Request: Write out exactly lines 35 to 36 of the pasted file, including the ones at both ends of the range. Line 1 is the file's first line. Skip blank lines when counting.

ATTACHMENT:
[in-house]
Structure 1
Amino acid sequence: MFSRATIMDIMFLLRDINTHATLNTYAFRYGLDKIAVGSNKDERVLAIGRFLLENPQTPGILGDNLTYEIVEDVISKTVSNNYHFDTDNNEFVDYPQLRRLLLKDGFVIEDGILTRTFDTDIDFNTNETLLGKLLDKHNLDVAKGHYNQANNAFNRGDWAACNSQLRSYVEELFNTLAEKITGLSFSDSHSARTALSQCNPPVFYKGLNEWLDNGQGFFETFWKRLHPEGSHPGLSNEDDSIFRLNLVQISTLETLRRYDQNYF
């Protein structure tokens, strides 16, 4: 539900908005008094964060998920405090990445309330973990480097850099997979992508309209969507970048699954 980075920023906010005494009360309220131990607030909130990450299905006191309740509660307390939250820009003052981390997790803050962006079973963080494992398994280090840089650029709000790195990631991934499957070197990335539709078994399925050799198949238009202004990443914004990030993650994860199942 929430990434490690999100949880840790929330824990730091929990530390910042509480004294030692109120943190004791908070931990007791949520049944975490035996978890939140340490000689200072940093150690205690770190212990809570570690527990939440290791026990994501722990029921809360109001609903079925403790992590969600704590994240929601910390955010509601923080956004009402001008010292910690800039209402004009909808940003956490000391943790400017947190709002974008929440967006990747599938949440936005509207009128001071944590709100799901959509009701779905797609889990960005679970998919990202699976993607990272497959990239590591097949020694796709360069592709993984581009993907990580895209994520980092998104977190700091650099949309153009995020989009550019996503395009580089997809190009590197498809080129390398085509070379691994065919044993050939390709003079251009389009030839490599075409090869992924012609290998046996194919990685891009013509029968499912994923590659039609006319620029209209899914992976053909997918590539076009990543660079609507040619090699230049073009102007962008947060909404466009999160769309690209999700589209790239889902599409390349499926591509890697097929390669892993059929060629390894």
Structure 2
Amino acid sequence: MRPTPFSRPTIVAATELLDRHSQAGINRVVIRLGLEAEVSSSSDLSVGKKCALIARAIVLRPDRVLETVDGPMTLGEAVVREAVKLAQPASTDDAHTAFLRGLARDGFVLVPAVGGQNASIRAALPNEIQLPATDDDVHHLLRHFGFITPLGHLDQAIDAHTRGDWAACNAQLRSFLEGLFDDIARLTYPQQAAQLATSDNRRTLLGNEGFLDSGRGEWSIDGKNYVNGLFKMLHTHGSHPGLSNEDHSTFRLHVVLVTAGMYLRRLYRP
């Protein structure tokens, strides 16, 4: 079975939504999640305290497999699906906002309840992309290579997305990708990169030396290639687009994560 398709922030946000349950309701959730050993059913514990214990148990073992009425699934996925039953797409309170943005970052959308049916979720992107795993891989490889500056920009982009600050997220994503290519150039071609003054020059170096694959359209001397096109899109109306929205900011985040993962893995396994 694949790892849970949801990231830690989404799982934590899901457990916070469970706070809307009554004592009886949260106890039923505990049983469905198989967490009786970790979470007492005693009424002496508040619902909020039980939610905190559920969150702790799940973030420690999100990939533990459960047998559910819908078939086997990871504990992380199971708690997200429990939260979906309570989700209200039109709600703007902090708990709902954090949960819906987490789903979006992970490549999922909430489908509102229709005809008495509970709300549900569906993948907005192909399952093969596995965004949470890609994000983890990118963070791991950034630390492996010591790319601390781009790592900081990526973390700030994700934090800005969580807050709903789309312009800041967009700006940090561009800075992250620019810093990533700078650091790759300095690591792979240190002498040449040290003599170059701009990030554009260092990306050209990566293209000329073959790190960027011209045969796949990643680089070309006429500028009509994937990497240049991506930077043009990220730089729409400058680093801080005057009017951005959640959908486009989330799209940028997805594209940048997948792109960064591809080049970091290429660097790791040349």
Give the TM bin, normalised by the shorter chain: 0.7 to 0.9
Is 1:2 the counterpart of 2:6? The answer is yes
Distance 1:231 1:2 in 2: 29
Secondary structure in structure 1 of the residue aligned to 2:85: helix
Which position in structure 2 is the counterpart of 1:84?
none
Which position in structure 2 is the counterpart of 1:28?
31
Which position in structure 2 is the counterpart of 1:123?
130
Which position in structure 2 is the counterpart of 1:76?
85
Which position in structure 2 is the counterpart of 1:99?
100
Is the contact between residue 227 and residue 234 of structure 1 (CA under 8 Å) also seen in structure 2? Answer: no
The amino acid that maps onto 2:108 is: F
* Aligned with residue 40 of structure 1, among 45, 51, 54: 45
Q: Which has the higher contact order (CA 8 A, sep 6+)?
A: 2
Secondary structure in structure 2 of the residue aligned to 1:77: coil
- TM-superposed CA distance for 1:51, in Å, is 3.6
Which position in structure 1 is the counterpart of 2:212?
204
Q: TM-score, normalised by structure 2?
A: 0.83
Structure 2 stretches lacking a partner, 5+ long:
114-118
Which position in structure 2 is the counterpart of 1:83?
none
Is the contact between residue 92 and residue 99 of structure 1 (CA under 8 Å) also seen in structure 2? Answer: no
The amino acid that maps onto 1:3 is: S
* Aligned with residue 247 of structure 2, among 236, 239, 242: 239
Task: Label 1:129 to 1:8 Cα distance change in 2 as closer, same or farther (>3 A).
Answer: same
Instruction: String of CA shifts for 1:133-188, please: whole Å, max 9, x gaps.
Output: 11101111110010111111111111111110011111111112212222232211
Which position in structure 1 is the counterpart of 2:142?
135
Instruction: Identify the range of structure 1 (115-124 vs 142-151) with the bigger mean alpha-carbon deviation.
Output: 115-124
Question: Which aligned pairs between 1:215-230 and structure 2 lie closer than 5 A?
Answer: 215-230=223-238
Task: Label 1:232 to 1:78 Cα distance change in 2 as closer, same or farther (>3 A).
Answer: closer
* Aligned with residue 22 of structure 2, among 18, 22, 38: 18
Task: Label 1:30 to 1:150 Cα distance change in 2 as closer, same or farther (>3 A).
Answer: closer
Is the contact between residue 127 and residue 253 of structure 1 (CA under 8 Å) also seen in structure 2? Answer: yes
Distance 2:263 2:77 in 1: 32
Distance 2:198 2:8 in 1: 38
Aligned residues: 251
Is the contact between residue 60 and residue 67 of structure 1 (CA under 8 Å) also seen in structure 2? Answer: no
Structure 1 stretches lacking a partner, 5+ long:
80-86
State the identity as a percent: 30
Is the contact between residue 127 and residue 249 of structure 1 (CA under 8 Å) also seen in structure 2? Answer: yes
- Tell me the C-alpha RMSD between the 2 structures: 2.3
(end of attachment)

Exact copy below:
Which position in structure 2 is the counterpart of 1:83?
none